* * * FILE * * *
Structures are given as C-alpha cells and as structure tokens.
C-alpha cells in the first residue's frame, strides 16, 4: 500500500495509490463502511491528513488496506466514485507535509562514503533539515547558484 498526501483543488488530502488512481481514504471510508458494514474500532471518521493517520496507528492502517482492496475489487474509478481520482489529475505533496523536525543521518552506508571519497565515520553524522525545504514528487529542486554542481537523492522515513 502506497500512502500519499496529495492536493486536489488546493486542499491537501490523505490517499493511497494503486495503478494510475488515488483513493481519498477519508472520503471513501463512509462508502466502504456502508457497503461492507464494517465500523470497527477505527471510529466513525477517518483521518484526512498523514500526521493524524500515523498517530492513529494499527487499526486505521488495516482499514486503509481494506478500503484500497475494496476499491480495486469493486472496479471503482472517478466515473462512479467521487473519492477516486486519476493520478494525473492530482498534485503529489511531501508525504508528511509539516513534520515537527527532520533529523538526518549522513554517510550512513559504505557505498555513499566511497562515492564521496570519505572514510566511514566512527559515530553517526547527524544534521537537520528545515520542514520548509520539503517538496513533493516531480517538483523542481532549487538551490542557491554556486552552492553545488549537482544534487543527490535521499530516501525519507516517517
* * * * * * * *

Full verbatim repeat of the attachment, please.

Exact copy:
Structures are given as C-alpha cells and as structure tokens.
C-alpha cells in the first residue's frame, strides 16, 4: 500500500495509490463502511491528513488496506466514485507535509562514503533539515547558484 498526501483543488488530502488512481481514504471510508458494514474500532471518521493517520496507528492502517482492496475489487474509478481520482489529475505533496523536525543521518552506508571519497565515520553524522525545504514528487529542486554542481537523492522515513 502506497500512502500519499496529495492536493486536489488546493486542499491537501490523505490517499493511497494503486495503478494510475488515488483513493481519498477519508472520503471513501463512509462508502466502504456502508457497503461492507464494517465500523470497527477505527471510529466513525477517518483521518484526512498523514500526521493524524500515523498517530492513529494499527487499526486505521488495516482499514486503509481494506478500503484500497475494496476499491480495486469493486472496479471503482472517478466515473462512479467521487473519492477516486486519476493520478494525473492530482498534485503529489511531501508525504508528511509539516513534520515537527527532520533529523538526518549522513554517510550512513559504505557505498555513499566511497562515492564521496570519505572514510566511514566512527559515530553517526547527524544534521537537520528545515520542514520548509520539503517538496513533493516531480517538483523542481532549487538551490542557491554556486552552492553545488549537482544534487543527490535521499530516501525519507516517517